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Esra Mirze Santesso

Blurred image of the arch used as background for stylistic purposes.

Esra Mirze Santesso received her B.A. from Bogazici University in Istanbul, Turkey, and her PhD from the University of Nevada. She specializes in postcolonial theory and literature with an emphasis on Muslim identity, diasporic and immigrant experiences, and human rights narratives. Her first book, Disorientation: Muslim Identity in Contemporary Anglophone Literature (Palgrave Macmillan, 2013) investigates the extent to which the questions and theories of postcolonial identity can be applied to Muslim subjects living in the West. Her most recent book, Muslim Comics and Warscape Witnessing (Ohio State UP, 2023) is the first monograph to investigate Muslim portrayals in comics. In this project, she challenges the lingering presence of the uncomplicated, monolithic “Muslim character”, and sheds light on how comics as a medium represent the daily lives of Muslims stuck in a perpetual cycle of violence due to border conflicts, civil unrest, autocratic regimes. She is the co-editor of Islam and Postcolonial Literature (Routledge, 2017), which offers a collection of essays on religion’s role in self-representation explored via film, theater, poetry, visual arts, performance pieces. 

Her articles have appeared in numerous edited collections, and in journals such as Journal of Religion and Literature, Critical Muslim, Postcolonial Interventions, Recherche Littéraire / Literary Research, The Comparatist, and Postcolonial Text. Her interview with Orhan Pamuk was published in PMLA.






Research Interests:

Dr. Santesso works on postcolonial theory with an emphasis on Muslim identity, Islamic feminism, diasporic literature, and human rights narratives.

Selected Publications:

Essays in Journals

“Halal Fiction and Female Agency.” Journal of Religion and Literature, 54.3 (2022).  

“Artificial Feminism: Muslim Graphic Narratives and Female Agency.” Critical Muslim, 34 (2020): np. (

“Problematizing the Hyphen: Disorientation and Doubled Otherness in Fatih Akin’s Head-OnPostcolonial Intervention, 2.1 (2017): 83-102. 

“Islamic Writers and Muslim Writing in the United States.” American Literary History, 28.3 (2016): 644-53. 

“Postcolonial Violence in Yashar Kemal’s Memed, My Hawk.” Postcolonial Text, 7.1 (2012): 1-15.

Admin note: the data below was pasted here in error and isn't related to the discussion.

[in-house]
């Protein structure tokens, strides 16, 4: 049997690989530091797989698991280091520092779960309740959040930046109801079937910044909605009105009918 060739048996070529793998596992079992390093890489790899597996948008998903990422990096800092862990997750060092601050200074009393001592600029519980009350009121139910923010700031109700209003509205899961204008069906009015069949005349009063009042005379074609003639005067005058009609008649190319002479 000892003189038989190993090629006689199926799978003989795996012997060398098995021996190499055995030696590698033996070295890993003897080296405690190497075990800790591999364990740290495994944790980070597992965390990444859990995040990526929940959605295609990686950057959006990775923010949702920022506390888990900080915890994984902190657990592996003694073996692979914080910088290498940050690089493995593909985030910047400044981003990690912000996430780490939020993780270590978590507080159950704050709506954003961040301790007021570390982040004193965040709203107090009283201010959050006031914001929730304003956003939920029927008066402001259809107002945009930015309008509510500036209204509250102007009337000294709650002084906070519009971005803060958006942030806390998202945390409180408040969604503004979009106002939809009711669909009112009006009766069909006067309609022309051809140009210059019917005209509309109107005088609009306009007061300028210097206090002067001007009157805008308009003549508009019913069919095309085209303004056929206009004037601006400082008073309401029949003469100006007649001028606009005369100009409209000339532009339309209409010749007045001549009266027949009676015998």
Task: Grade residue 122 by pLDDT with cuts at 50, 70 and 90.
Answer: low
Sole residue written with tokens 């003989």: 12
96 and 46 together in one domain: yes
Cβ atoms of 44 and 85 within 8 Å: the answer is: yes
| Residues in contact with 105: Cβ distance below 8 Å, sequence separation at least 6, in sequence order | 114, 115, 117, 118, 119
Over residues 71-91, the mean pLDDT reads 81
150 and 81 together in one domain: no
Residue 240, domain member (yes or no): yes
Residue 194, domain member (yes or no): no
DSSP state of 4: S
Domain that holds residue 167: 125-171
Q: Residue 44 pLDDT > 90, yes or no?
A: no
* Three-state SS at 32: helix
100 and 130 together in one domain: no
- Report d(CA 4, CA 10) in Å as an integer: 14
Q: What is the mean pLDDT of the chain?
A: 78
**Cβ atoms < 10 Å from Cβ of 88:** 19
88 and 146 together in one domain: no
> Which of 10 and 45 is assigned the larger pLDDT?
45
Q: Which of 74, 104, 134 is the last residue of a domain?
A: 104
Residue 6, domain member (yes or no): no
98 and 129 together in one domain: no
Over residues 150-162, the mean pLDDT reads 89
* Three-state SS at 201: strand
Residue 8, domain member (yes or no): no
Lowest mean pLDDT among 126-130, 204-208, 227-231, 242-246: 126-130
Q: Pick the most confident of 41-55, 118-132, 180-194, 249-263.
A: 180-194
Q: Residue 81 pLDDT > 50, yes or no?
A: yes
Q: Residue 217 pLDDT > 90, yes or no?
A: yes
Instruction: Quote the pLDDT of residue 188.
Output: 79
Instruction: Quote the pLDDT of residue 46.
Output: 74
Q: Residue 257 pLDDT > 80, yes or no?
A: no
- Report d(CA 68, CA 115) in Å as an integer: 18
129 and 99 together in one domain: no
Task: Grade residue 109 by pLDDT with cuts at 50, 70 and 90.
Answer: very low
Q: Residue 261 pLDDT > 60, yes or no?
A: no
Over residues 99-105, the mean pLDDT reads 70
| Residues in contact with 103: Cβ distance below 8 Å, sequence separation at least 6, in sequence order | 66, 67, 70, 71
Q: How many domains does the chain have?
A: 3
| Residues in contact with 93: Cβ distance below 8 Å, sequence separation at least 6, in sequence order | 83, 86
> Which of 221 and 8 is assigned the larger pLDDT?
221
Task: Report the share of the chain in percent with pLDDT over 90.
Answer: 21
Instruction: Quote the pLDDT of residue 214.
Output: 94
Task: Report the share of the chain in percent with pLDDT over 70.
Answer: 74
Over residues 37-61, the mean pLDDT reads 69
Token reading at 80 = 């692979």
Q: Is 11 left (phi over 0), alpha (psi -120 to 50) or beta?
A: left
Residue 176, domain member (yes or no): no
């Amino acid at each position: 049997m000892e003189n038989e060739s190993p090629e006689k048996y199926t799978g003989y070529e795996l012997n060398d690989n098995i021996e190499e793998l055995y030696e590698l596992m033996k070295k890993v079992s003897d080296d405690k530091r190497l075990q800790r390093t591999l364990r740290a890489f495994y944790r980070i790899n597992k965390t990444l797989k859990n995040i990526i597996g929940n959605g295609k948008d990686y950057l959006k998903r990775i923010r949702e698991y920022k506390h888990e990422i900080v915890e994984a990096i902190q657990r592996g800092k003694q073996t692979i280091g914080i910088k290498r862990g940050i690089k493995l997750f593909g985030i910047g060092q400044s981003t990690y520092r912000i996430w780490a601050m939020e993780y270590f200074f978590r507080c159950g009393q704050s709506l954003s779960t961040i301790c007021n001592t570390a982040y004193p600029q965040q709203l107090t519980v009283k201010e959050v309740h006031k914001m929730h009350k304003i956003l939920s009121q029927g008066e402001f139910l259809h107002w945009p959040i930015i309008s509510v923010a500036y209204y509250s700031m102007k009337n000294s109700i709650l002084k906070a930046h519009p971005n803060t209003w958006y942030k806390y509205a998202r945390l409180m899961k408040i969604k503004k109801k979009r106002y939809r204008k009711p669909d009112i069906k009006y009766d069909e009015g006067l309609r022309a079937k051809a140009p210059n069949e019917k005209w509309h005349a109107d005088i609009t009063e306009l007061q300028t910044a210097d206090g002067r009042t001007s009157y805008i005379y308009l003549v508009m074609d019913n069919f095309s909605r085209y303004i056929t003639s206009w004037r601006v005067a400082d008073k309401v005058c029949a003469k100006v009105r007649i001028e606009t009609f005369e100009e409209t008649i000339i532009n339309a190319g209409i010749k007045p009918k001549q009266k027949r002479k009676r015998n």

Vision and Representation: Photography in Orhan Pamuk’s Istanbul: Memories and the City.” The 

       Comparatist, 135 (2011): 152-60.  

"Implementing Disform: An Interview with Orhan Pamuk.” PMLA, 123.1 (2008): 176-80.       

 “Degrees of Orientalism: Vision and Representation in Orhan Pamuk’s My Name is Red.” 

       Contemporary Turkish Culture, 1.1 (2004): 3-10. 


Chapters in Books 

“Muslim Superhero and American Multiculturalism.” Muslim American Hyphenations: Cultural Production and Hybridity in the Twenty-first Century. Ed Mahwash Shoaib. Lanham: Lexington Books, 2021. 103-22. 

“Pakistani Fiction and Human Rights.” The Routledge Companion to Pakistani Anglophone Writing. Eds. Aroosa Kanwal and Saiyma Masood. New York: Routledge, 2018. 127-37.  

“Introduction.” Islam and Postcolonial Discourse. Esra Mirze Santesso and James McClung, eds. New York: Routledge, 2017. 

“The Discourse of the ‘Other’ in Orhan Pamuk’s Snow.” MLA Approaches to Teaching the Works of 

Orhan Pamuk. Eds. David Damrosch and Sevinc Turkkan. New York: MLA, 2017. 126-34.

"Transnational Identity and the Muslim Diaspora in Camilla Gibb’s Sweetness in the Belly.” Ethnic Literatures and Transnationalism: Critical imaginaries for a Global Age. Ed. Aparajita Nanda. New York: Routledge, 2015.41-54. 

“‘Silence, Secularism and Fundamentalism in Snow.” Global Perspectives on Orhan Pamuk. Eds.      Mehnaz Afridi & David Buyze. New York: Palgrave Macmillan, 2012. 157-76.           

Literary and Photographic Aura in Orhan Pamuk’s Istanbul: Memories and the City.Istanbul:

       Metamorphoses in an Imperial City. Eds. M. Akif Kirecci and Edward Foster. New Jersey: Talisman 

       House Publishers, 2011. 67-81.

“Fundamental Differences in Zadie Smith’s White Teeth.” Zadie Smith: Critical Essays. Ed.

       Tracey L. Walters. New York: Peter Lang Publications, 2008. 187-200.

Art and the Question of Borrowing: Approaches to Plagiarism in Literature Courses.” Critical Conversations about Plagiarism. Eds. Anne Meade Stockdell-Giesler, Tracy Ann Morse, Rebecca Ingalls, Michael Donnelly, and Joanna Castner (Anderson: Parlor Press, 2012). 36-43.

“Orientalism Through the Looking-glass: Dualism and Orientalism in Orhan Pamuk’s The White Castle.Borders & Crossings: Proceeding of the Fourth International and Pluridisciplinary Conference on Travel Writing, Ankara, Turkey, 4-6 July 2003. Ed. Arzu Etensel Ildem and M. Emin Ozcan. Ankara: Ankara University Press, 2004. 228-34. 



"Implementing Disform: An Interview with Orhan Pamuk.” PMLA. 123.1 (2008): 176-80.      


Shorter Pieces

“One Page of the Graphic Novel Munnu: A Boy from Kashmir.Humanities. 41.1 (2020). 

Book Review on Rehana Ahmed’s Writing British Muslims: Religion, Class and Multiculturalism

Cambridge Journal of Postcolonial Literary Inquiry 5.2 (2018): 251-3.  

“Religion.” The Encyclopedia of Postcolonial Studies. Ed. Sangeeta Ray and Henry 

Schwarz. New Jersey: Wiley-Blackwell, 2016.

Book Review on E V Ramakrishnan’s Locating Indian Literature: Texts, Traditions, 

       Translations.Recherce Littéraire / Literary Research. (2014): 59-61.  

“Orhan Pamuk’s My Name is Red,” and “Orhan Pamuk’s The White Castle.” The Facts On File Companion to the World Novel, 1900 to the Present. Ed. Michael Sollars. (New York: Facts on File Inc., 2008). 546-7, 869-70. 

"Everyway That I Can: Cultural Negotiation and European Identity in Turkey," Contemporary Turkish Culture. 1.2 (2008): 2-7.



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